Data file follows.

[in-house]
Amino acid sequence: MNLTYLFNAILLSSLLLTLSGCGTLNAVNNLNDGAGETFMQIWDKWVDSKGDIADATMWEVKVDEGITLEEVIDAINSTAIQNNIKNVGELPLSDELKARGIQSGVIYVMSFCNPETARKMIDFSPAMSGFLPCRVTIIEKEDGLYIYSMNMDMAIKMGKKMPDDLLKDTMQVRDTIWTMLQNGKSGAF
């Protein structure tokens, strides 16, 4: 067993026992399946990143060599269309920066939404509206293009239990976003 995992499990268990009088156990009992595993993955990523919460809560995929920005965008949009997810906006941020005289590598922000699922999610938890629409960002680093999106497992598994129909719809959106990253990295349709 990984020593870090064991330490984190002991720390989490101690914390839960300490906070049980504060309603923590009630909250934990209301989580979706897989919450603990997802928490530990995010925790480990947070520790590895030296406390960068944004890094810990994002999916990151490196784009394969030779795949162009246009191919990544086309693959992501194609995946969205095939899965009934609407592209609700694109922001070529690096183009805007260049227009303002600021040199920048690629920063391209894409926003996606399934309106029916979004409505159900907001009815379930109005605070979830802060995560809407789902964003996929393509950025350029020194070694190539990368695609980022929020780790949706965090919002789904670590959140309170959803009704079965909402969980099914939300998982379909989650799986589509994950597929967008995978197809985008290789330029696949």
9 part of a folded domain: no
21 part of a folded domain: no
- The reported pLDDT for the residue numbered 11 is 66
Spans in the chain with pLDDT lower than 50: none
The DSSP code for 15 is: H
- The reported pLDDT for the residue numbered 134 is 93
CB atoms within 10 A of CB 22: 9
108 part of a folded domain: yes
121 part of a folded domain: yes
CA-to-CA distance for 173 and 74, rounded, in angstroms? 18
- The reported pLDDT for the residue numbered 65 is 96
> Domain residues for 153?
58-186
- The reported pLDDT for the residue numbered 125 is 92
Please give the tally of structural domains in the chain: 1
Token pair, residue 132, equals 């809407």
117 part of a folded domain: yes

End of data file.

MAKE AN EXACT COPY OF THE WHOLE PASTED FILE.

[in-house]
Amino acid sequence: MNLTYLFNAILLSSLLLTLSGCGTLNAVNNLNDGAGETFMQIWDKWVDSKGDIADATMWEVKVDEGITLEEVIDAINSTAIQNNIKNVGELPLSDELKARGIQSGVIYVMSFCNPETARKMIDFSPAMSGFLPCRVTIIEKEDGLYIYSMNMDMAIKMGKKMPDDLLKDTMQVRDTIWTMLQNGKSGAF
């Protein structure tokens, strides 16, 4: 067993026992399946990143060599269309920066939404509206293009239990976003 995992499990268990009088156990009992595993993955990523919460809560995929920005965008949009997810906006941020005289590598922000699922999610938890629409960002680093999106497992598994129909719809959106990253990295349709 990984020593870090064991330490984190002991720390989490101690914390839960300490906070049980504060309603923590009630909250934990209301989580979706897989919450603990997802928490530990995010925790480990947070520790590895030296406390960068944004890094810990994002999916990151490196784009394969030779795949162009246009191919990544086309693959992501194609995946969205095939899965009934609407592209609700694109922001070529690096183009805007260049227009303002600021040199920048690629920063391209894409926003996606399934309106029916979004409505159900907001009815379930109005605070979830802060995560809407789902964003996929393509950025350029020194070694190539990368695609980022929020780790949706965090919002789904670590959140309170959803009704079965909402969980099914939300998982379909989650799986589509994950597929967008995978197809985008290789330029696949």
9 part of a folded domain: no
21 part of a folded domain: no
- The reported pLDDT for the residue numbered 11 is 66
Spans in the chain with pLDDT lower than 50: none
The DSSP code for 15 is: H
- The reported pLDDT for the residue numbered 134 is 93
CB atoms within 10 A of CB 22: 9
108 part of a folded domain: yes
121 part of a folded domain: yes
CA-to-CA distance for 173 and 74, rounded, in angstroms? 18
- The reported pLDDT for the residue numbered 65 is 96
> Domain residues for 153?
58-186
- The reported pLDDT for the residue numbered 125 is 92
Please give the tally of structural domains in the chain: 1
Token pair, residue 132, equals 């809407």
117 part of a folded domain: yes